NALC’s Shocking Reversal on Centralized and Curbside Delivery


For many years the National Association of Letter Carriers (NALC) has been vehemently opposed to U.S. Postal Service efforts to convert letter carrier walking routes to curbside or centralized delivery for homes and businesses. Here’s what NALC President Rolando stated in 2013 for example:

“Depriving Americans of the door-to-door delivery they rely on is a losing proposition that enjoys little support among the public. Even the postmaster general recently testified to Congress that it arouses widespread concern. Ending door-to-door delivery for tens of millions of Americans would particularly harm small businesses as well as the elderly and people who live in areas with extreme weather. And it’s counterproductive financially, because—as is the case with the proposal to eliminate Saturday delivery-degrading service would drive mail out of the system and reduce revenue. And cutting service doesn’t even address the Postal Service’s financial problems, which aren’t caused by mail delivery. Almost all of its red ink stems from the 2006 congressional mandate to pre-fund future retiree health benefits—something no other public agency or private company is required to do. Lawmakers should fix the problems they created, not make counterproductive reductions in service to America’s businesses and residents. There are many opportunities, such as the boom in package deliveries from the expanding e‑commerce market mentioned today, ready to be tapped if lawmakers act responsibly.”

In February 2017 H.R. 756, the Postal Service Reform Act of 2017 was introduced containing language that would require the incremental conversion to centralized delivery of business addresses identified by the Postal Service and the voluntary conversion to centralized or cluster box delivery of residential addresses identified by the Postal Service where 40% of the residents consent to conversion.

Shockingly, Rolando (and the other three postal unions) have stated their support for the bill. In testimony before a House subcommittee hearing on reforming the Postal Service, Rolando treated the conversion as a mere footnote:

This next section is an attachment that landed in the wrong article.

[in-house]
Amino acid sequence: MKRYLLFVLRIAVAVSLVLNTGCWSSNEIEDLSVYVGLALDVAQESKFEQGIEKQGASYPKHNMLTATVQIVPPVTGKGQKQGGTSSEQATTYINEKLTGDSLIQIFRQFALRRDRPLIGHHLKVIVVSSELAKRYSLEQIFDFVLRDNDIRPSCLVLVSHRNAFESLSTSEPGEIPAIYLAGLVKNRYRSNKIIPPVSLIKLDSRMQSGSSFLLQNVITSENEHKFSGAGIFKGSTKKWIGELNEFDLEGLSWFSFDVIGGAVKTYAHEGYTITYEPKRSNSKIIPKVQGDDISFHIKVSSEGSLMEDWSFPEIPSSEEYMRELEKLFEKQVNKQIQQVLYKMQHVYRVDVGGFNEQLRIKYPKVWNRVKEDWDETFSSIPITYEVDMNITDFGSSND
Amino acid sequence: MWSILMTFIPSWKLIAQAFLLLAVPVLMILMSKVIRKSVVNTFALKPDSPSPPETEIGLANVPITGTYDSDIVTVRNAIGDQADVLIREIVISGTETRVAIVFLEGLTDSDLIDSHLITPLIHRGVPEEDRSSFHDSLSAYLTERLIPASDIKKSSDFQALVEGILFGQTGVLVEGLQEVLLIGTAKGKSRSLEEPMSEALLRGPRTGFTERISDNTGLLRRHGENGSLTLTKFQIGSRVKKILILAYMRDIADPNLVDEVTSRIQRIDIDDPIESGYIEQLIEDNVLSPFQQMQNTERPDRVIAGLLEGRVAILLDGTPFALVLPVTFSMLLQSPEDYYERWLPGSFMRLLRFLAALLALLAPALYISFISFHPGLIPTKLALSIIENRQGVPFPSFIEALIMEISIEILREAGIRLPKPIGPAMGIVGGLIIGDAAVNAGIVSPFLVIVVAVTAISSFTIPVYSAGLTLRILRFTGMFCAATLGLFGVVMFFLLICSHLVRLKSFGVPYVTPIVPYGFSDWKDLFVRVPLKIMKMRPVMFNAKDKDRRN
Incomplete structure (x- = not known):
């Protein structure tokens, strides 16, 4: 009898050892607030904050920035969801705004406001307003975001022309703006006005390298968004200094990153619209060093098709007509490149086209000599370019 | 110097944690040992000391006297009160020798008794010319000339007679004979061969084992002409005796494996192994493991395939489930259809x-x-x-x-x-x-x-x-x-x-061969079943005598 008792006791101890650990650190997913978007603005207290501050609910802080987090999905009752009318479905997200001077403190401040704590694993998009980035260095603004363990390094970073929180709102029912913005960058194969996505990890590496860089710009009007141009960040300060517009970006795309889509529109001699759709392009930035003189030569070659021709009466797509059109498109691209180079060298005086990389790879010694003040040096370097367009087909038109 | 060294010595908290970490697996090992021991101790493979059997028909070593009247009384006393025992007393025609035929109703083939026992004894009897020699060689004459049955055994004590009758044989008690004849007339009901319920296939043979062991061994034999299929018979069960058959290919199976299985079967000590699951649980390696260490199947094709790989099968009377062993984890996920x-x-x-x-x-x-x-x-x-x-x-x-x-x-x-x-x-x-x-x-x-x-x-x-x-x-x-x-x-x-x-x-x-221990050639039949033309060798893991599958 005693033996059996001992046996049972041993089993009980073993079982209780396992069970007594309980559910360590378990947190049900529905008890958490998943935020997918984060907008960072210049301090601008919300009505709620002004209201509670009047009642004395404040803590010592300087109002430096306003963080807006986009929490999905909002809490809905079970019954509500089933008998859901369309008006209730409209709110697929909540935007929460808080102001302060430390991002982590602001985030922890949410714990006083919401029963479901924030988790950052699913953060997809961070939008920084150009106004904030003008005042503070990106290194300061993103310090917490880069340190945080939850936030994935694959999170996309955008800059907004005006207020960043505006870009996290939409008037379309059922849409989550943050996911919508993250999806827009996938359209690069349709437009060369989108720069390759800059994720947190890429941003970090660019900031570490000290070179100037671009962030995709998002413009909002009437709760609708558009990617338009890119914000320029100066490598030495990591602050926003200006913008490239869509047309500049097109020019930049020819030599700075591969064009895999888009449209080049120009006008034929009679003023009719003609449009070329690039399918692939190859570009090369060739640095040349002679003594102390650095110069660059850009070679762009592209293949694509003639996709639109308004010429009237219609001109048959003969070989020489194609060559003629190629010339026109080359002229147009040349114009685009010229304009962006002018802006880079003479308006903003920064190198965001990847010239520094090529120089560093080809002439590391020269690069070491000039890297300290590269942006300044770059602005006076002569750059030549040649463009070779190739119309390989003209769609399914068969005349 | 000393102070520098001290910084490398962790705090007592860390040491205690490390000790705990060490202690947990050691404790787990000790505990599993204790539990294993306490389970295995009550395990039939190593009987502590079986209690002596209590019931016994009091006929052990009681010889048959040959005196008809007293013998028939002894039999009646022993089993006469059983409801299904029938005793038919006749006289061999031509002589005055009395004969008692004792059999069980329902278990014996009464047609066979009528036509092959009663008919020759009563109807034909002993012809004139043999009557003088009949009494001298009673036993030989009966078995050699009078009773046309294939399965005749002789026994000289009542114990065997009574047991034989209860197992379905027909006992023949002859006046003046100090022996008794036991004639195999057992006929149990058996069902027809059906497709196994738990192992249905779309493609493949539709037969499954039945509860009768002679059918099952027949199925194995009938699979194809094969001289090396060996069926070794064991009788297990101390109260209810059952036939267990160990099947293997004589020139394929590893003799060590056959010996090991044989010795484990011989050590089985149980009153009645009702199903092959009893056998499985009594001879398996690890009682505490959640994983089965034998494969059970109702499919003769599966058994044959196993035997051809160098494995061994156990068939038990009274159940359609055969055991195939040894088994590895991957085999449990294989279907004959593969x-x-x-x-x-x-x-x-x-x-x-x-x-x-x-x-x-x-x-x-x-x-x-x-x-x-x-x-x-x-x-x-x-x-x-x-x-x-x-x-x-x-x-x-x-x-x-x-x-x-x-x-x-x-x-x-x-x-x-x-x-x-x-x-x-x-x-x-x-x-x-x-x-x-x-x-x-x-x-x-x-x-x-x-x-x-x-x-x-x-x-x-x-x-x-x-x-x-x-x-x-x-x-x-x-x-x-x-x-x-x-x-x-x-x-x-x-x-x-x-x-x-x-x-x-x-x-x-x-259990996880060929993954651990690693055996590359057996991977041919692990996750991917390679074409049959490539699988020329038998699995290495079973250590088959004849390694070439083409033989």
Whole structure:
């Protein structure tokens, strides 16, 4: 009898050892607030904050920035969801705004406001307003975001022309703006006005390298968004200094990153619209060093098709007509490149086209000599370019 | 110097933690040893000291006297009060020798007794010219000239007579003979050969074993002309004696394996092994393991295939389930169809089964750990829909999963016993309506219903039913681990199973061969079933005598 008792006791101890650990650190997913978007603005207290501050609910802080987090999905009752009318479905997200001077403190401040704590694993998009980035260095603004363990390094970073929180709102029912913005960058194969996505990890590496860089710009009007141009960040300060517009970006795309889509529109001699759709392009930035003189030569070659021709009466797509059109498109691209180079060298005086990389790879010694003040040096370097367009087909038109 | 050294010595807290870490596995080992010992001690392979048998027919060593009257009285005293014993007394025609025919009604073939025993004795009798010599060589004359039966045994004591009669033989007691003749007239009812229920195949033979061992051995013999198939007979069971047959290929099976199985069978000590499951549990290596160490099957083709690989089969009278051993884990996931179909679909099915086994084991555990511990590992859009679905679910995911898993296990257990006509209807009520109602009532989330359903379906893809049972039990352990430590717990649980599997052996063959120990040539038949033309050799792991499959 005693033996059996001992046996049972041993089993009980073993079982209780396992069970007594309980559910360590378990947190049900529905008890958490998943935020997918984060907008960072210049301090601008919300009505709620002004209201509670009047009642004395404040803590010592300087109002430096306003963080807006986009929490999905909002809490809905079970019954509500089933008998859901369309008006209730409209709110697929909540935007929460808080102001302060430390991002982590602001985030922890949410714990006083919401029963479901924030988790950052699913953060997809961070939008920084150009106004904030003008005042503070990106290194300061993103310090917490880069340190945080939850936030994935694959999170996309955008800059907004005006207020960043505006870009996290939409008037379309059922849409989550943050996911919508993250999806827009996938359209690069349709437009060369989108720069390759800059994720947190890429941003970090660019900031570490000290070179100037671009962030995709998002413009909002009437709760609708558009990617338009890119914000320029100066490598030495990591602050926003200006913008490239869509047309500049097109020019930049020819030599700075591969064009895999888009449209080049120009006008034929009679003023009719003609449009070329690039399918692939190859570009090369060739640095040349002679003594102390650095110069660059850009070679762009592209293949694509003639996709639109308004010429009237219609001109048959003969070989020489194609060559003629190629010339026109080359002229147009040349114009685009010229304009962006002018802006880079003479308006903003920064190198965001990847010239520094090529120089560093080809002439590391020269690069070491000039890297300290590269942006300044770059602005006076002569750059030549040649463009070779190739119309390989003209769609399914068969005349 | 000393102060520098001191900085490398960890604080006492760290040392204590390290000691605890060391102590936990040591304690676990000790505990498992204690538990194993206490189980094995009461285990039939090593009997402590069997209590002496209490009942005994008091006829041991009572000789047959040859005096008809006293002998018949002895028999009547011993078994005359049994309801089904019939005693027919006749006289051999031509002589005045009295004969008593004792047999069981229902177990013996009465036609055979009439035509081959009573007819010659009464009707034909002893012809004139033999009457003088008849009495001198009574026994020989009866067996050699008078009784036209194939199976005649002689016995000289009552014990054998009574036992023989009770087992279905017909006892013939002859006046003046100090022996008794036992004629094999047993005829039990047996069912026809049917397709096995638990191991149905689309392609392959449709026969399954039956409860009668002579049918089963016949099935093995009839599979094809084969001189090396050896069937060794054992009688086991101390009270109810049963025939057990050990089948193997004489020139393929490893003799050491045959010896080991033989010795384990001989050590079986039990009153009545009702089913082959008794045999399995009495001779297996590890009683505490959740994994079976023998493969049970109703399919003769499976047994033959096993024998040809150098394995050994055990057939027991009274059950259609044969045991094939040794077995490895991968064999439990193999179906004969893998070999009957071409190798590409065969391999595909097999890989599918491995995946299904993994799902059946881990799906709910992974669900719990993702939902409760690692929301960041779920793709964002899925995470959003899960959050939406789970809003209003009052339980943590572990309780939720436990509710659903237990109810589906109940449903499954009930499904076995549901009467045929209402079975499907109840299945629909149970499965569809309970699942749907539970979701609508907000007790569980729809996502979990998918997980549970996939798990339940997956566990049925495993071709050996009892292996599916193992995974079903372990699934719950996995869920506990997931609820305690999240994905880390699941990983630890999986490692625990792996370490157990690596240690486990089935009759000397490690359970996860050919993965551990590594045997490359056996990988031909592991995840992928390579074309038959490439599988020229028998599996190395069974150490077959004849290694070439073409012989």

“With regard to the proposed policy of providing all new addresses with curbline or centralized delivery, we’d suggest giving the Postal Service the flexibility to make sensible exceptions to the policy if it is more efficient or financially beneficial to do so. Again a modest tweak in the language in Section 202 could accomplish this.”

What’s behind the sudden reversal? Many in the postal industry are calling H.R. 756 a compromise bill in that no one entity is getting everything they wanted. But if NALC is making this compromise, what are they getting in return? In online postal employee message boards, employees are beginning to grumble that NALC is selling them out on the health benefits portion of the bill that would take employees out of the general FEHBP risk pool and segregate them into a postal-only risk pool. Time will tell if this is the case.

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  • IIlIIl111

    The old folks are going to LOVE that!!

  • David C

    A well written and unbiased presentation of the issue. This latest version of postal reform finally addresses the glaring book keeping concers of the USPS and it’s dependants. However it does almost nothing to address the grave injustice called OWCP or modernize a USPS that is trapped in the 1970s. The accounting games are nice and they buy a little time, but until politics takes a backseat to reality and true reform occurs, the USPS will remain on a fast track toward insolvency.

  • hollywood

    Your opinion only fool .

  • postal worker bruce

    This will certainly screw retirees.

  • ET-10 Simmons

    David C is obviously a shill for the bulk mailing industry, a USPS Corporate troll, or an uninformed ignoramus who believes everything he hears from taxpayer ‘watchdog’ groups. I’d address the fallacies in every single thing (excluding OWCP) he said, but what’s the point? He either knows the truth and is content to propagate lies in his own self interest, or is incapable of discerning fact from fiction. Whichever it is, my time is better spent elsewhere…

  • ET-10 Simmons

    All of them. This is retroactive and would force all current as well as future postal retirees into Medicare Parts A, B, and D. Kind of makes you wonder why we spent the last 10 years nearly bankrupting ourselves putting over $30 Billion into the PSRHBP in the first place… Nice little piggy bank for the government as all of it ended up in the US Treasury even though 100% was generated from the sale of postage and postal products.

  • ET-10 Simmons

    This ‘old folk’ who will retire in less than 6 years isn’t too thrilled about having over $1600+/yr extra forced onto me for my retiree health benefits. Very reminiscent of the AHCA the right is so up in arms over. I’m sure by 2022 it’ll be much more than $1600 extra, though.

  • Jeffrey Shane Hudson

    It never cease to amaze me when some one stop carrying mail, they forget the unique aspects of the job and where they come from. Why hasn’t the mess with the FSS machines, the incompentance of management, the drop in pride and quality of work, the rise of abuse and intimidation by management to make numbers and the continuation to keep taking away from the carriers to fulfill managers wish list addressed. And, I would love to see how the three unions fall into line with this B.S., because I haven’t heard anything about this at the union meetings, so show me the money!

  • perk1329

    you’ll get some of that $1600 back. the bill requires the fehb insurers to reduce their premiums to account for the costs shifted to Medicare b. I say “some” because unless the insurers add retiree rates the reductions will probably also go to those still working.